Dr. Harrison on the Current State of Treatment in Myelofibrosis

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Claire Harrison, MD, FRCP, FRCPath, discusses the current state of treatment in myelofibrosis.

Claire Harrison, MD, FRCP, FRCPath, professor of myeloproliferative neoplasms, clinical director, NHS Guy’s and St Thomas’ NHS Foundation Trust, discusses the current state of treatment in myelofibrosis.

Treatment selection for patients with myelofibrosis is largely dictated by disease stage and patient-specific clinical features, Harrison explains. For example, a low-risk patient without prominent disease features is best suited for active surveillance. However, therapeutic strategies, such as interferon, are being evaluated for these patients because in other diseases, such as breast cancer, active surveillance would never be recommended for patients with early-stage disease, Harrison explains.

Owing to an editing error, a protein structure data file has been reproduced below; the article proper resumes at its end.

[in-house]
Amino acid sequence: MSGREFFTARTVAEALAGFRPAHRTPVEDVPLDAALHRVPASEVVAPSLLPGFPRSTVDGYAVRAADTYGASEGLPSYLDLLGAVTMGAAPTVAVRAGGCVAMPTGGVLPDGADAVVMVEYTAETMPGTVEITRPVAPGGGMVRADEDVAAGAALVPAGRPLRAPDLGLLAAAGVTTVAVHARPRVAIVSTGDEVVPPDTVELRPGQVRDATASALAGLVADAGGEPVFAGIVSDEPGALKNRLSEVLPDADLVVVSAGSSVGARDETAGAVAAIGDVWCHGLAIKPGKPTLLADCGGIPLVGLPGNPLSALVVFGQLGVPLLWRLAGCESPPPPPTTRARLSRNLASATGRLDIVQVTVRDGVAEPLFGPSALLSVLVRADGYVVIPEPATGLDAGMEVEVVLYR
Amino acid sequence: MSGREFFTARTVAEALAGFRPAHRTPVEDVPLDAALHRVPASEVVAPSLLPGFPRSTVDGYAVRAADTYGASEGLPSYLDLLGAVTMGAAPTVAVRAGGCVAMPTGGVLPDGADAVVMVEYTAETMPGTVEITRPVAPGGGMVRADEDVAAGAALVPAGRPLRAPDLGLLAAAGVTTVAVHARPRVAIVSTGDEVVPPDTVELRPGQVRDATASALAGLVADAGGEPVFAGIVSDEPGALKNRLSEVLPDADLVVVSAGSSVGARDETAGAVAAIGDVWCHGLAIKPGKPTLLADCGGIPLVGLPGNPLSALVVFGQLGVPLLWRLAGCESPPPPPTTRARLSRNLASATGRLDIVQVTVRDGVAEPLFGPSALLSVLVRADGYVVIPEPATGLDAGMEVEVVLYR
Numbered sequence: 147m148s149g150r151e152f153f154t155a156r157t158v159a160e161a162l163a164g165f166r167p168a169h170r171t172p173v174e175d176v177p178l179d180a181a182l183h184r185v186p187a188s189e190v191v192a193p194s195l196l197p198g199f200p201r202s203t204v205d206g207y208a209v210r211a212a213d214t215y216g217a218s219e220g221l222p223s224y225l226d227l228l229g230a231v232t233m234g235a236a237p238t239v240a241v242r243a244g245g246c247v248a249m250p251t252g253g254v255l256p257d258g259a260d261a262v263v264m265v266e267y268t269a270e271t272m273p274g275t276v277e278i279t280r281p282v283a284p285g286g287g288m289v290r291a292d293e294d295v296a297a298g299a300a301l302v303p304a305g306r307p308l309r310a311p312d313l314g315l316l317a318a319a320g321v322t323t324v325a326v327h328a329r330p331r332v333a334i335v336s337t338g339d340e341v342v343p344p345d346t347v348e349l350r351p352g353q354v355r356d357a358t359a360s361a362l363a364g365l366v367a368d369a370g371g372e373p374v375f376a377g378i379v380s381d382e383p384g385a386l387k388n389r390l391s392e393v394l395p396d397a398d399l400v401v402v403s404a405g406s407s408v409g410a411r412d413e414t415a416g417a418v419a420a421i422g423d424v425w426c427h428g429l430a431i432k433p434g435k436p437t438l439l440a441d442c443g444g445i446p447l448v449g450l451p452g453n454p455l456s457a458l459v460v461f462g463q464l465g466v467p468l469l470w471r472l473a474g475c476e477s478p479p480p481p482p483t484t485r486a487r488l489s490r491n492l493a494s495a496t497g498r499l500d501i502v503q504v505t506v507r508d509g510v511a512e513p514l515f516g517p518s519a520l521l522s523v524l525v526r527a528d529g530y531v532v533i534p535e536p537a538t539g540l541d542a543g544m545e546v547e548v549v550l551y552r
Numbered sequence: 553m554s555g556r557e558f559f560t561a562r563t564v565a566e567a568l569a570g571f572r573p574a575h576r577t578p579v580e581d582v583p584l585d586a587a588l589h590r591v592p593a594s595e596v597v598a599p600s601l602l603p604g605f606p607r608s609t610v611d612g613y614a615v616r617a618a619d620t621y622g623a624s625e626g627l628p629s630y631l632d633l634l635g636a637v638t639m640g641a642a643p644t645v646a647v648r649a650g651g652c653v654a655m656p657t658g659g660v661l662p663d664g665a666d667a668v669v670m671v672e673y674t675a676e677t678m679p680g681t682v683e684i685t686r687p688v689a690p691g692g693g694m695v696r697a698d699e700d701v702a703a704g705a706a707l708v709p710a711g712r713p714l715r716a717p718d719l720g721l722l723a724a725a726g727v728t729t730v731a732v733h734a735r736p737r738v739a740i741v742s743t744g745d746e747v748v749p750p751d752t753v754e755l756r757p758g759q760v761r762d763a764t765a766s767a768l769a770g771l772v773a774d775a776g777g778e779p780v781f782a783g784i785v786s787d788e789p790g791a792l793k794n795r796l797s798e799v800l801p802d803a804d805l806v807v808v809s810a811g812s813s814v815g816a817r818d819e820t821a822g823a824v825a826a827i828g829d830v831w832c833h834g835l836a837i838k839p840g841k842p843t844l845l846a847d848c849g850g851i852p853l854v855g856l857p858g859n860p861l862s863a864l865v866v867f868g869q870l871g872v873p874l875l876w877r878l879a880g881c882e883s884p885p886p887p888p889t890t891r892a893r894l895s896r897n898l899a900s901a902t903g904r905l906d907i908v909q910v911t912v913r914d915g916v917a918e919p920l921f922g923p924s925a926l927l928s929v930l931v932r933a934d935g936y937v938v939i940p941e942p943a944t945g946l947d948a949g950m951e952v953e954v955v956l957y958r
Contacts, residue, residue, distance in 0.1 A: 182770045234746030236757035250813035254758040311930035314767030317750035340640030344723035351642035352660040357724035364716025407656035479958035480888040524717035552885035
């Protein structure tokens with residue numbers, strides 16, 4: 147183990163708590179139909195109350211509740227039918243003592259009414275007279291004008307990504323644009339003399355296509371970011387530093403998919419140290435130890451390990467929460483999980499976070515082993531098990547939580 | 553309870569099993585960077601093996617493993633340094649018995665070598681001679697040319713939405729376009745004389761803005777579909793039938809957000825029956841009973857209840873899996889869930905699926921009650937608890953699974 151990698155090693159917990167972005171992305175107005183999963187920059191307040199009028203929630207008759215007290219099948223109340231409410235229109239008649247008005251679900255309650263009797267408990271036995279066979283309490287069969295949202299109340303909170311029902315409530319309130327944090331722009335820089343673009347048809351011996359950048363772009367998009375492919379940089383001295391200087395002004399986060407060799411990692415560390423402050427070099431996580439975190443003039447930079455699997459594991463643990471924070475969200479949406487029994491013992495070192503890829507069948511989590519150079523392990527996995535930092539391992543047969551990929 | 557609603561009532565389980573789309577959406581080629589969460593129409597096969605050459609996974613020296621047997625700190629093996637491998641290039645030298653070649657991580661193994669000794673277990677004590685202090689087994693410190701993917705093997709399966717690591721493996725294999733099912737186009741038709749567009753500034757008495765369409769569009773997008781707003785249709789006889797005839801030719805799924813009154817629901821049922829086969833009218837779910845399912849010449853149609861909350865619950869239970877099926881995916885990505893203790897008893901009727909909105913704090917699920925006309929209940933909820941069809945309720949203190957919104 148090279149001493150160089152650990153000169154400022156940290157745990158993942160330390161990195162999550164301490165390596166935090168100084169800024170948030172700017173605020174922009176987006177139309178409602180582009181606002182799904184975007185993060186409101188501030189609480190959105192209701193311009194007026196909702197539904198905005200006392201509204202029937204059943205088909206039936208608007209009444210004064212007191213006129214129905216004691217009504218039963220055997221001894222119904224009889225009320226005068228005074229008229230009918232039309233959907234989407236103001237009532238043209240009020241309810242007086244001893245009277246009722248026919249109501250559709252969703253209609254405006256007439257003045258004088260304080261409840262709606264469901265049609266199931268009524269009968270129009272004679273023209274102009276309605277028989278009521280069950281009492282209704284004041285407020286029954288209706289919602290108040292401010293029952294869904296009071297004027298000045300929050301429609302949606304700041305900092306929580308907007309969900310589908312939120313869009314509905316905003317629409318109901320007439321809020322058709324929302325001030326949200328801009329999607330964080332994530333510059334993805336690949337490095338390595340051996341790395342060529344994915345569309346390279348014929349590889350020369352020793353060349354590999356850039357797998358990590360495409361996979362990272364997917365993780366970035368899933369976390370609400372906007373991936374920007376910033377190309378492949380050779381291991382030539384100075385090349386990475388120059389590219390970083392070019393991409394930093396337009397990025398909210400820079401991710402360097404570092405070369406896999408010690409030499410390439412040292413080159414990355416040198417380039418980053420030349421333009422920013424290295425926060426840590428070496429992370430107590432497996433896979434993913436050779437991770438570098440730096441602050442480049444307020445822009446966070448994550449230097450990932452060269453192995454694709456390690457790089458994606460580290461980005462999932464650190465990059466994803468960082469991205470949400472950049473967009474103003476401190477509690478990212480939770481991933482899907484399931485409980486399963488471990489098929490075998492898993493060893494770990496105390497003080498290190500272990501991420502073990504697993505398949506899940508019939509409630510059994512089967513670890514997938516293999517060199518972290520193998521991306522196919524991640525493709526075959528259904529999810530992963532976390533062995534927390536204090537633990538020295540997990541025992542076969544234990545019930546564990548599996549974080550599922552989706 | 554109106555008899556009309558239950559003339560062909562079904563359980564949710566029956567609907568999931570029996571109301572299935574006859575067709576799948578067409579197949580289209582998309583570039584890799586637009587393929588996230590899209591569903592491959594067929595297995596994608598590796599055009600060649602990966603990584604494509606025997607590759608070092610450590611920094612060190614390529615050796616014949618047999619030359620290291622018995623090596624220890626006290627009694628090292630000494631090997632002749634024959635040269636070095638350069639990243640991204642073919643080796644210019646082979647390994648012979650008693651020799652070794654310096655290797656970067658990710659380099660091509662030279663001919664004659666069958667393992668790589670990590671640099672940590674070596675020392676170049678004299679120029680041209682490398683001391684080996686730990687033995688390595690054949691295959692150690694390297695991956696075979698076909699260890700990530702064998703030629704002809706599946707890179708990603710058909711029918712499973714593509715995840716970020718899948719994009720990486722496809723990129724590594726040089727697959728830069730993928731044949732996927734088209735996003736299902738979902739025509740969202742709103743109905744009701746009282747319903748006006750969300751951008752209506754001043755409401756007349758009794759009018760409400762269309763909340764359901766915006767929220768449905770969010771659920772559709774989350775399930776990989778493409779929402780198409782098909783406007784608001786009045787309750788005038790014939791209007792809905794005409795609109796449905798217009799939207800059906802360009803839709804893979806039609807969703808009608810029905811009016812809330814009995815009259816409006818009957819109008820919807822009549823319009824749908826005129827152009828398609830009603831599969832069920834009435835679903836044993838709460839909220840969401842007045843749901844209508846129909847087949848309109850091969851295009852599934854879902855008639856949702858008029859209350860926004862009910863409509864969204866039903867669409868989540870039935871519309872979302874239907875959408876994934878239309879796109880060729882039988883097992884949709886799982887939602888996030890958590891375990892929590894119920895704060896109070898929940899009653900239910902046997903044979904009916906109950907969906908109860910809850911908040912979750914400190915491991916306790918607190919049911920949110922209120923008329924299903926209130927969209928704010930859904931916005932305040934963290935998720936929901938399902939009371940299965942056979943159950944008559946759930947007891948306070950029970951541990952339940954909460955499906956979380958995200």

For patients with higher-risk myelofibrosis, stem cell transplant can be considered, Harrison says. Patients who are ineligible for transplant are treated based on their disease-related symptoms with transfusion or erythropoiesis-stimulating agents for anemia or JAK inhibitors for splenomegaly, Harrison concludes.

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